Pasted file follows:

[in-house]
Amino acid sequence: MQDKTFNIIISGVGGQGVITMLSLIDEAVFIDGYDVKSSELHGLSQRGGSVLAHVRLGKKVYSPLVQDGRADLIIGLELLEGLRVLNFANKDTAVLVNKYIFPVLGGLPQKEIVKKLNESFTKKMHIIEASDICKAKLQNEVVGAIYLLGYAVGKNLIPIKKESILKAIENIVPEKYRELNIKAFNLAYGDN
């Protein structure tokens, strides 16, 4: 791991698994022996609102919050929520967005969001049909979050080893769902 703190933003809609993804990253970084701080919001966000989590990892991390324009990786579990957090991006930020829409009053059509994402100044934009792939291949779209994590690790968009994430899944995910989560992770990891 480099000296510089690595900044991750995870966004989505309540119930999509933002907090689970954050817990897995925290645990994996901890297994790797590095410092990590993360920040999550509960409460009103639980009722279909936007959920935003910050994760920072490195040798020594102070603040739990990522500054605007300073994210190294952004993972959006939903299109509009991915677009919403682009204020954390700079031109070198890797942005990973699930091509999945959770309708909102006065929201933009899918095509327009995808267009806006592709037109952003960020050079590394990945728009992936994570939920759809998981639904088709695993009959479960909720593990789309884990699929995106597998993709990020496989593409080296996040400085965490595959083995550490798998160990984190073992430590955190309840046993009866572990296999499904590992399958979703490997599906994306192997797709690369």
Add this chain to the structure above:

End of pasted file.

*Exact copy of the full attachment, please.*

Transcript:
[in-house]
Amino acid sequence: MQDKTFNIIISGVGGQGVITMLSLIDEAVFIDGYDVKSSELHGLSQRGGSVLAHVRLGKKVYSPLVQDGRADLIIGLELLEGLRVLNFANKDTAVLVNKYIFPVLGGLPQKEIVKKLNESFTKKMHIIEASDICKAKLQNEVVGAIYLLGYAVGKNLIPIKKESILKAIENIVPEKYRELNIKAFNLAYGDN
């Protein structure tokens, strides 16, 4: 791991698994022996609102919050929520967005969001049909979050080893769902 703190933003809609993804990253970084701080919001966000989590990892991390324009990786579990957090991006930020829409009053059509994402100044934009792939291949779209994590690790968009994430899944995910989560992770990891 480099000296510089690595900044991750995870966004989505309540119930999509933002907090689970954050817990897995925290645990994996901890297994790797590095410092990590993360920040999550509960409460009103639980009722279909936007959920935003910050994760920072490195040798020594102070603040739990990522500054605007300073994210190294952004993972959006939903299109509009991915677009919403682009204020954390700079031109070198890797942005990973699930091509999945959770309708909102006065929201933009899918095509327009995808267009806006592709037109952003960020050079590394990945728009992936994570939920759809998981639904088709695993009959479960909720593990789309884990699929995106597998993709990020496989593409080296996040400085965490595959083995550490798998160990984190073992430590955190309840046993009866572990296999499904590992399958979703490997599906994306192997797709690369």
Add this chain to the structure above: